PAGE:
Probably no other ancient civilization ever caused
so much intrigue and interest in the modern
world as did the Ancient Egyptian Civilization!
During the Middle Ages and Renaissance Era,
European scholars knew about Egypt only from the
descriptions in Bible and some vague details
from the Classical Greek works, such as
Herodotus' History. Some travelers and
monks from the West DID visit Egypt during the
17/18th centuries and give their details of a
mysterious land full of gigantic ruins. Many
describe the Coptic Monasteries, the Great
Pyramid (they thought it to be an ancient
Christian Fortress, or Joseph's Granaries!), the
Colossi of Memnon (misnomer by the later
Greeks!), the half-buried Sphinx, and so on.
Their stories were published back in Europe.
They were, however, filled with travel details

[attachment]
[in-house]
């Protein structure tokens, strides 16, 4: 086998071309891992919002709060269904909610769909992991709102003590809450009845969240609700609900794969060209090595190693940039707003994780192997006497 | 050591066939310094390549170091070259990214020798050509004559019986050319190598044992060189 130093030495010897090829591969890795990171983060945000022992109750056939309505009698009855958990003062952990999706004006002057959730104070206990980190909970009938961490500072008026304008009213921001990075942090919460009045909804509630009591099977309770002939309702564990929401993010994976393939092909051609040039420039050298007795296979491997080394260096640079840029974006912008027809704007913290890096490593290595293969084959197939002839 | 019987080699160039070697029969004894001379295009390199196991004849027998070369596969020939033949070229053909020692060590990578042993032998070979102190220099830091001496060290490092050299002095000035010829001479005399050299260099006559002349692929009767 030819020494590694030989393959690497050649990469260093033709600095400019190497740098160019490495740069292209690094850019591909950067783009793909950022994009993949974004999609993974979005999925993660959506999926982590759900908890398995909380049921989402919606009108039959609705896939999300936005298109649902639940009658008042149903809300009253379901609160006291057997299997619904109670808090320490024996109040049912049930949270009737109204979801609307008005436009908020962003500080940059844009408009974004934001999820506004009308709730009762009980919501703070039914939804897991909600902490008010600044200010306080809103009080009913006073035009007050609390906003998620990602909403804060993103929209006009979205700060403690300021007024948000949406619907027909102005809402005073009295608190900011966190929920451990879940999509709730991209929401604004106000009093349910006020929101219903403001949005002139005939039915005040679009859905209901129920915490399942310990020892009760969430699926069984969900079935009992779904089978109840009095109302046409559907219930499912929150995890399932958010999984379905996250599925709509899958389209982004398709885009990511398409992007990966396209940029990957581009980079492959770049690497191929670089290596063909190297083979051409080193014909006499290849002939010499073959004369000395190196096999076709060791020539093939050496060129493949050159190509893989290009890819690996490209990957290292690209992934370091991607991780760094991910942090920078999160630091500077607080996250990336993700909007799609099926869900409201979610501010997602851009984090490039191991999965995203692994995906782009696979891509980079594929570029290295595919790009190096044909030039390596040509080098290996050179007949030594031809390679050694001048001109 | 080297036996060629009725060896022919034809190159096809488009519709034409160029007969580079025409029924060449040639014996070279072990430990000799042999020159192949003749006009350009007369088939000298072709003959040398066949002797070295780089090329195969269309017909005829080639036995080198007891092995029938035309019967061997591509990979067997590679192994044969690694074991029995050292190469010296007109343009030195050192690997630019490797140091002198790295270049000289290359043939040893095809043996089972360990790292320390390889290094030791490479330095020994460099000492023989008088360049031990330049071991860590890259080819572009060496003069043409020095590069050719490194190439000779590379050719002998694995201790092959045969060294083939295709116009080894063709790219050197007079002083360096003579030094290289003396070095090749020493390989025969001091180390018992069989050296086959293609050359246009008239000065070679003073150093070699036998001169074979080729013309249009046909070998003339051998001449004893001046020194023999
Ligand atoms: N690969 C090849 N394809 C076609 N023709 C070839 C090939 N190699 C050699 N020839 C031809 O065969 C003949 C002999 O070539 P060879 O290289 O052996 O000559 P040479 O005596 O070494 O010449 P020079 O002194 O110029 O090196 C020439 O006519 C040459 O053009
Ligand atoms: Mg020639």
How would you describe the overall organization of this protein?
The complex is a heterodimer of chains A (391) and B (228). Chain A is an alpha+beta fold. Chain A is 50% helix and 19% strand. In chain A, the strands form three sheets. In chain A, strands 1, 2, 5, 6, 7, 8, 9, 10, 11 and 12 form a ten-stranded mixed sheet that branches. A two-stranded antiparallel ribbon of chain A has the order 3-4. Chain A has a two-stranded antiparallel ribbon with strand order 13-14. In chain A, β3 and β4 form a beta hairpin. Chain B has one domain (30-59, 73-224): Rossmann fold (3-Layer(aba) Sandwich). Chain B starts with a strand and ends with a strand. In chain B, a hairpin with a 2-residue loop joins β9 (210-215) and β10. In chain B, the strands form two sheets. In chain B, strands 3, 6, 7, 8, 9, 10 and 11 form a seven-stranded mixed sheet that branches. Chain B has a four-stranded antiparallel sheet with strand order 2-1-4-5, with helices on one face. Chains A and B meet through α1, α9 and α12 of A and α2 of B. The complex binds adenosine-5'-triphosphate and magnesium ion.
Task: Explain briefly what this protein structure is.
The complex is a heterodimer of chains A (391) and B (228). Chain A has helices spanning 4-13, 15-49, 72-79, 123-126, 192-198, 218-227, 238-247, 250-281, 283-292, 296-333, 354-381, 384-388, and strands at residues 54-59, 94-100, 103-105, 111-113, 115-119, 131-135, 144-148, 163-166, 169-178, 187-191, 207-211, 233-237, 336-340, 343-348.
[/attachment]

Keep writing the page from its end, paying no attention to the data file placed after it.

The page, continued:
and manipulative history of the ruins they
Napoléoen Bonaparte on his way to glory
through the St. Bernard Pass
real archaeological study of Ancient Egypt began
with the growing influence of Napoléon Bonaparte
in France in 1795. The ambitious General started
launching wars not only against his European
Imperial neighbors, but he stretched his hands
over the Levant and Eastern Mediterranean as
well. Devastating the Mameluke army of the
Egyptian Generals Murad Bey and Ibrahim Bey in
the Battle of the Pyramids at Giza plateau,
Napoléon took over the control of Lower Egypt.
But he was soon cut off from France by Nelson's
British army after his defeat in the Battle of